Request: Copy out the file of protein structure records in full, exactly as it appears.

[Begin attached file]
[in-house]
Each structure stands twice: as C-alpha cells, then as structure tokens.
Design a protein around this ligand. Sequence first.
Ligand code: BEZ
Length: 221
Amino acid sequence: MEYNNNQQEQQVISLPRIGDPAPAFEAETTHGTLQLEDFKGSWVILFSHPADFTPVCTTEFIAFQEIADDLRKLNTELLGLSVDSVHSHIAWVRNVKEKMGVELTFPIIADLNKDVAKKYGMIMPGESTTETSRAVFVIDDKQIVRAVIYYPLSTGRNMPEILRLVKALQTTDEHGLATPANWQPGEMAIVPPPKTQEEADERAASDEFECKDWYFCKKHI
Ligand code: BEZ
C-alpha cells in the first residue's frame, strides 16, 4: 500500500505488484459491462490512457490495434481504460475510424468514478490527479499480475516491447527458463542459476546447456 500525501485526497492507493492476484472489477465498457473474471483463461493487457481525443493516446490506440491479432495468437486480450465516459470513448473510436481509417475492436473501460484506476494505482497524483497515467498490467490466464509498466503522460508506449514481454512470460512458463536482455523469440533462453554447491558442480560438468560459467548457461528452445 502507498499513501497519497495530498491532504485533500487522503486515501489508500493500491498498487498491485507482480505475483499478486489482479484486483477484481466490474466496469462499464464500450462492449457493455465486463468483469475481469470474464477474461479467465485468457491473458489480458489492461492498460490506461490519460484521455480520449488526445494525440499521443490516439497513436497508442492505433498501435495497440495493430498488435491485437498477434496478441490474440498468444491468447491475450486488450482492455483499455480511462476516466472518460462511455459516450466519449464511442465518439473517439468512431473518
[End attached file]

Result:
[in-house]
Each structure stands twice: as C-alpha cells, then as structure tokens.
Design a protein around this ligand. Sequence first.
Ligand code: BEZ
Length: 221
Amino acid sequence: MEYNNNQQEQQVISLPRIGDPAPAFEAETTHGTLQLEDFKGSWVILFSHPADFTPVCTTEFIAFQEIADDLRKLNTELLGLSVDSVHSHIAWVRNVKEKMGVELTFPIIADLNKDVAKKYGMIMPGESTTETSRAVFVIDDKQIVRAVIYYPLSTGRNMPEILRLVKALQTTDEHGLATPANWQPGEMAIVPPPKTQEEADERAASDEFECKDWYFCKKHI
Ligand code: BEZ
C-alpha cells in the first residue's frame, strides 16, 4: 500500500505488484459491462490512457490495434481504460475510424468514478490527479499480475516491447527458463542459476546447456 500525501485526497492507493492476484472489477465498457473474471483463461493487457481525443493516446490506440491479432495468437486480450465516459470513448473510436481509417475492436473501460484506476494505482497524483497515467498490467490466464509498466503522460508506449514481454512470460512458463536482455523469440533462453554447491558442480560438468560459467548457461528452445 502507498499513501497519497495530498491532504485533500487522503486515501489508500493500491498498487498491485507482480505475483499478486489482479484486483477484481466490474466496469462499464464500450462492449457493455465486463468483469475481469470474464477474461479467465485468457491473458489480458489492461492498460490506461490519460484521455480520449488526445494525440499521443490516439497513436497508442492505433498501435495497440495493430498488435491485437498477434496478441490474440498468444491468447491475450486488450482492455483499455480511462476516466472518460462511455459516450466519449464511442465518439473517439468512431473518